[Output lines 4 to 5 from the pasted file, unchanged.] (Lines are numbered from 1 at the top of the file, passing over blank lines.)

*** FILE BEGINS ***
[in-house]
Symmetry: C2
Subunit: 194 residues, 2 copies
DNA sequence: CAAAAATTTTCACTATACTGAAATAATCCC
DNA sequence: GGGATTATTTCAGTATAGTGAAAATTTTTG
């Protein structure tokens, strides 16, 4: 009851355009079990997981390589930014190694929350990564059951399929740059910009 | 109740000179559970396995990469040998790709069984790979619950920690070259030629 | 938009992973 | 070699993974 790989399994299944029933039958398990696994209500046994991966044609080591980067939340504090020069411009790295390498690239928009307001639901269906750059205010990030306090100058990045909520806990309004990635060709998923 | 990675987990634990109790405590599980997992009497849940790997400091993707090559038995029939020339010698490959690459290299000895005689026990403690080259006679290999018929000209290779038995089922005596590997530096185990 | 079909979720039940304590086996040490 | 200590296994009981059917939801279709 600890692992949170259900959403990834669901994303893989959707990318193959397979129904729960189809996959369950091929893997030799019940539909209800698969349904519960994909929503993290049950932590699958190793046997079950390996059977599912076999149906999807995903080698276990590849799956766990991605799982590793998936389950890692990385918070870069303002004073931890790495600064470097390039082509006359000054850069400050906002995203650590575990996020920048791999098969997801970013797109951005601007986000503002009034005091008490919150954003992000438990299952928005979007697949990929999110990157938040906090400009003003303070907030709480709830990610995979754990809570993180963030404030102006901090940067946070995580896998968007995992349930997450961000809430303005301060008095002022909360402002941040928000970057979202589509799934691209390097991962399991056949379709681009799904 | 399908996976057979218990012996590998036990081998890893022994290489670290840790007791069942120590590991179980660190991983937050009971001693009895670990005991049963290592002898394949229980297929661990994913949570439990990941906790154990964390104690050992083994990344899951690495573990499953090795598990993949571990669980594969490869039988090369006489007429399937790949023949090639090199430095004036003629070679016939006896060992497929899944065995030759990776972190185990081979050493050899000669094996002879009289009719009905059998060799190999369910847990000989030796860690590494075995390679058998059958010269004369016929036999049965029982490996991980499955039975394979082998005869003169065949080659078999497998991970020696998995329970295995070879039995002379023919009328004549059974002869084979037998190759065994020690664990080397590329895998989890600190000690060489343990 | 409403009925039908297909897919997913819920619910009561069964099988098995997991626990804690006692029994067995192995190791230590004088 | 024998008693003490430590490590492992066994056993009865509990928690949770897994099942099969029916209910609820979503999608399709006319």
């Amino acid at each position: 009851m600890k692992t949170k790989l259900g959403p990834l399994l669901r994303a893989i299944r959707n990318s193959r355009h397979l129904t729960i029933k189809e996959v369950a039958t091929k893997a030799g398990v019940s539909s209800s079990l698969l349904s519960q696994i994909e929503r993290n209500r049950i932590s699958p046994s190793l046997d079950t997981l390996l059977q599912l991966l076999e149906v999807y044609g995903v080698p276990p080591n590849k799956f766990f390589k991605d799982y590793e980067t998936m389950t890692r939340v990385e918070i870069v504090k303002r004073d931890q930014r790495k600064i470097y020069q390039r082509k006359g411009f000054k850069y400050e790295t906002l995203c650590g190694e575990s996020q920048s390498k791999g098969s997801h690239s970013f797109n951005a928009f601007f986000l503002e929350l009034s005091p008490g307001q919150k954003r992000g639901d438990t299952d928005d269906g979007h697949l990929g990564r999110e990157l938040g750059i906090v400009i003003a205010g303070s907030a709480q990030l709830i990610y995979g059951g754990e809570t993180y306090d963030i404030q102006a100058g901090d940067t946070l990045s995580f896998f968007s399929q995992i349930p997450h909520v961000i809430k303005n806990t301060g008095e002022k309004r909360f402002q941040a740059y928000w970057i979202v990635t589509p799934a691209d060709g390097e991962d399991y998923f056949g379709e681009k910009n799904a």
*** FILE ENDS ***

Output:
DNA sequence: CAAAAATTTTCACTATACTGAAATAATCCC
DNA sequence: GGGATTATTTCAGTATAGTGAAAATTTTTG